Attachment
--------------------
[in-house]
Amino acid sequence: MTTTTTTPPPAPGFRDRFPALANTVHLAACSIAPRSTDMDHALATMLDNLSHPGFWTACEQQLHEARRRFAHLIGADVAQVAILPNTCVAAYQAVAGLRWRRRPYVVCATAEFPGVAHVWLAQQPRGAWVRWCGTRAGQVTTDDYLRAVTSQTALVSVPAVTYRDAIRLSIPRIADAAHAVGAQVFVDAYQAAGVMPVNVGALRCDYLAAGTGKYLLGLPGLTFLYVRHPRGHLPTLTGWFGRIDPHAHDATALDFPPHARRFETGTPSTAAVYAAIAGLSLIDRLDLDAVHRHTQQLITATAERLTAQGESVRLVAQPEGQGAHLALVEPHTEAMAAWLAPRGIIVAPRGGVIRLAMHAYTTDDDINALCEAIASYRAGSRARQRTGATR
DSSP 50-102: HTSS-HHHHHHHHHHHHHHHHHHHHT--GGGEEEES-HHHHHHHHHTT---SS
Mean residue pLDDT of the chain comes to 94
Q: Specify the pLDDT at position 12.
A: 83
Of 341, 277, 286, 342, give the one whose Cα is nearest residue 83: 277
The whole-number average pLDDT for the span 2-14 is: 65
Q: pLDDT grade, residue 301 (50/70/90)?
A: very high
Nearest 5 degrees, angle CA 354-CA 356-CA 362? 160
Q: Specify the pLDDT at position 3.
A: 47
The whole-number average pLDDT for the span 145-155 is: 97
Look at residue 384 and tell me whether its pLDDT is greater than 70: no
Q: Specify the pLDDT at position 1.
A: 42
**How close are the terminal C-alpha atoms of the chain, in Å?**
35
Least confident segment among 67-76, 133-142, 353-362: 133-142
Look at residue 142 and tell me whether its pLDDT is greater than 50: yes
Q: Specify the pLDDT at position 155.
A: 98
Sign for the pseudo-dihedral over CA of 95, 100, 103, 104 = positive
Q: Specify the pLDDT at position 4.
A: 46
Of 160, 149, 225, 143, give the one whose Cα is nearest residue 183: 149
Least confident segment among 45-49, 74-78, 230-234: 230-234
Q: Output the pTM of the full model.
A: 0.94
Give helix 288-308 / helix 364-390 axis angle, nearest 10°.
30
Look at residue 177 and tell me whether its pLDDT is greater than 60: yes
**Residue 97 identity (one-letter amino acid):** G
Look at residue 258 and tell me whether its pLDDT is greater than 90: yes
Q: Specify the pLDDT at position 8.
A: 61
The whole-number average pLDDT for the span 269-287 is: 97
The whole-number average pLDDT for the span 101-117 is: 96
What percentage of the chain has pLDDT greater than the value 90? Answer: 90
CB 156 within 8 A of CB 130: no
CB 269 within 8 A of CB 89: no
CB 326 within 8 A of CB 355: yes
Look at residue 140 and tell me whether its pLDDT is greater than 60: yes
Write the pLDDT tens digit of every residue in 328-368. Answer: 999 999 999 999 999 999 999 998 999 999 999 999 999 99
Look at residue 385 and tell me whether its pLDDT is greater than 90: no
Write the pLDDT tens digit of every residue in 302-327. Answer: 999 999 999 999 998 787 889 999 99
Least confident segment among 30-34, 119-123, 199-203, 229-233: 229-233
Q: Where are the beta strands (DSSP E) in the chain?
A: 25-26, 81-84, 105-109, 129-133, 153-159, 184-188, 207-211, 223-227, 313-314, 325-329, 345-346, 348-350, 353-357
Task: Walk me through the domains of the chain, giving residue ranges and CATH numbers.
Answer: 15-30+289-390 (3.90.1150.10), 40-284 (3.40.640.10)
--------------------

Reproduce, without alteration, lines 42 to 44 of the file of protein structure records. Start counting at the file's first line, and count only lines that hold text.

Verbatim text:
CB 269 within 8 A of CB 89: no
CB 326 within 8 A of CB 355: yes
Look at residue 140 and tell me whether its pLDDT is greater than 60: yes